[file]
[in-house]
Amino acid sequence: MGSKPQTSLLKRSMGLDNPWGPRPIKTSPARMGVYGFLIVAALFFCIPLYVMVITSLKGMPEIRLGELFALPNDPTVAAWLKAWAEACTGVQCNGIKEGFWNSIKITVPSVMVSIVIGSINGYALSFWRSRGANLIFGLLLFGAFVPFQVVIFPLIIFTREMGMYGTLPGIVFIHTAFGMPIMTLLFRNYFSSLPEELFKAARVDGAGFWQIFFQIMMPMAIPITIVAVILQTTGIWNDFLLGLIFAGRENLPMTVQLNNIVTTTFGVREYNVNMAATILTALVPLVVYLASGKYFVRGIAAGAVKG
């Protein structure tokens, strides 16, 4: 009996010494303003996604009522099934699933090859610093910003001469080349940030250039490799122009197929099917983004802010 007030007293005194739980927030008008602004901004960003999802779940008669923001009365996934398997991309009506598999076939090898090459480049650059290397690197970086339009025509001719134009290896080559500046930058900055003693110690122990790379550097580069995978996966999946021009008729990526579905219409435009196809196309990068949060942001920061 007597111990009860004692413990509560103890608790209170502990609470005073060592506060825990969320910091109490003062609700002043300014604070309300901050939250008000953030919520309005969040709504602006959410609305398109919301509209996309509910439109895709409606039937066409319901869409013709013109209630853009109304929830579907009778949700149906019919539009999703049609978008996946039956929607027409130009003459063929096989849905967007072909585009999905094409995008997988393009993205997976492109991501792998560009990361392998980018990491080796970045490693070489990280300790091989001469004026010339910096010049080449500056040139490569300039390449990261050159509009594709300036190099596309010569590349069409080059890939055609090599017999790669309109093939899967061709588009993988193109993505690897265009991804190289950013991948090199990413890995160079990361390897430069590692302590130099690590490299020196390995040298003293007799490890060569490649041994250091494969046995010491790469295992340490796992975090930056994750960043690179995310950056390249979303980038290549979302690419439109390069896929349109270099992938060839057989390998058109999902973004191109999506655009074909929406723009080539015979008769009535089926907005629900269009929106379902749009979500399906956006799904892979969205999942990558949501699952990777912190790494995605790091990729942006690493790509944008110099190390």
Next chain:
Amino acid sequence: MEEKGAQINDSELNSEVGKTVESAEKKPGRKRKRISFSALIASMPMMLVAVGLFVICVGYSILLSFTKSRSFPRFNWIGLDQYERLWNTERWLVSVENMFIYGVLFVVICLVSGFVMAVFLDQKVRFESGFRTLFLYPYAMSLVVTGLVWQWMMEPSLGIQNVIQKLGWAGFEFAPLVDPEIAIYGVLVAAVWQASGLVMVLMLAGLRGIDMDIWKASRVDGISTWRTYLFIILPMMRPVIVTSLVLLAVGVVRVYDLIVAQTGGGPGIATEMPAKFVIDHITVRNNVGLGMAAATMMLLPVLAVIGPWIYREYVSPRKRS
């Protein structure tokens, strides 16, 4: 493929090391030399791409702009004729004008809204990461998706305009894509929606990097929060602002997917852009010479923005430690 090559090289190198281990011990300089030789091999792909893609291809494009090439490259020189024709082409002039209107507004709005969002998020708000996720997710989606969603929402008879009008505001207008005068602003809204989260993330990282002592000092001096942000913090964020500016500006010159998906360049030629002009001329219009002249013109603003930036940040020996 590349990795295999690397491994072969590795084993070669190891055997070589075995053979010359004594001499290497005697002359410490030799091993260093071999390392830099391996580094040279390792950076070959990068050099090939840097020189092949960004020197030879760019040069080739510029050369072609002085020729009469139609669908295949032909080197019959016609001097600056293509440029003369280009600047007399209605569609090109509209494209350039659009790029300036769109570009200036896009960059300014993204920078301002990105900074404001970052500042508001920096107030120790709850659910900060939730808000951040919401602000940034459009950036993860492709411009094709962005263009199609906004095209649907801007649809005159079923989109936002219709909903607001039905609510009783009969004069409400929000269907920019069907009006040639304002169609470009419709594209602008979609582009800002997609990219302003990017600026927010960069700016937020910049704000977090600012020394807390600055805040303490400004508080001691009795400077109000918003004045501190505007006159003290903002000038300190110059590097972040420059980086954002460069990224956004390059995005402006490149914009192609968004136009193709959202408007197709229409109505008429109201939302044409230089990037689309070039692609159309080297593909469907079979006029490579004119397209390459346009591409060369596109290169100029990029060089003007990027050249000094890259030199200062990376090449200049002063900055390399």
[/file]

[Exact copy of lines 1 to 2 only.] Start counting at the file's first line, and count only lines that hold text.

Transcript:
[in-house]
Amino acid sequence: MGSKPQTSLLKRSMGLDNPWGPRPIKTSPARMGVYGFLIVAALFFCIPLYVMVITSLKGMPEIRLGELFALPNDPTVAAWLKAWAEACTGVQCNGIKEGFWNSIKITVPSVMVSIVIGSINGYALSFWRSRGANLIFGLLLFGAFVPFQVVIFPLIIFTREMGMYGTLPGIVFIHTAFGMPIMTLLFRNYFSSLPEELFKAARVDGAGFWQIFFQIMMPMAIPITIVAVILQTTGIWNDFLLGLIFAGRENLPMTVQLNNIVTTTFGVREYNVNMAATILTALVPLVVYLASGKYFVRGIAAGAVKG